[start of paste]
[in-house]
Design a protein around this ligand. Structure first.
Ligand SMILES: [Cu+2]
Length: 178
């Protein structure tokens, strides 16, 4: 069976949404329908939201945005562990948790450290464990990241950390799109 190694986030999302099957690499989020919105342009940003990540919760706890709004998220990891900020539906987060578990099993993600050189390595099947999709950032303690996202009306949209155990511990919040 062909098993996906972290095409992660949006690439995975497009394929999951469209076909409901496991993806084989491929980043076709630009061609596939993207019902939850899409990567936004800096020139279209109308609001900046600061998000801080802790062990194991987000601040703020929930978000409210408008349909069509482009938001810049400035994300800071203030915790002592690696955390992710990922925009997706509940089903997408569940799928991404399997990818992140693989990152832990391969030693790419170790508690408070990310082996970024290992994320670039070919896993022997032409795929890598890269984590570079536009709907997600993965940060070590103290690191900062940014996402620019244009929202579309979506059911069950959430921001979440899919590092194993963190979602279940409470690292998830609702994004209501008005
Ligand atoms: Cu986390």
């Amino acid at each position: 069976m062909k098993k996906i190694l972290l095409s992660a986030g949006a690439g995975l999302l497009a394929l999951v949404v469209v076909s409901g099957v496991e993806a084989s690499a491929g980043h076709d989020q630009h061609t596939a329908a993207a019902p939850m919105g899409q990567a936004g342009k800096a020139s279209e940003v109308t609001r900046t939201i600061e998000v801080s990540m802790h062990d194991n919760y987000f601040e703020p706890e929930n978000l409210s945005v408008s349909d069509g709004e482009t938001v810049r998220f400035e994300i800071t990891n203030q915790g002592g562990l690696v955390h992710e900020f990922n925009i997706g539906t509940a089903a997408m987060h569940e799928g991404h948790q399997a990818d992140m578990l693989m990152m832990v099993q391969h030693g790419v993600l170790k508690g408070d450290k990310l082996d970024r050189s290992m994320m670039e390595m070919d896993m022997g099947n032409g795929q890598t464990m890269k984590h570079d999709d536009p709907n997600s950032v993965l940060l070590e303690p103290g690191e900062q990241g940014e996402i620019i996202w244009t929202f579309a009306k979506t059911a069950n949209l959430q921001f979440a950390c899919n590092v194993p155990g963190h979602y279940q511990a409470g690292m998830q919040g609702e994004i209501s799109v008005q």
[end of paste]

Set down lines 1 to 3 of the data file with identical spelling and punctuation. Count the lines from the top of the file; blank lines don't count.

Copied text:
[in-house]
Design a protein around this ligand. Structure first.
Ligand SMILES: [Cu+2]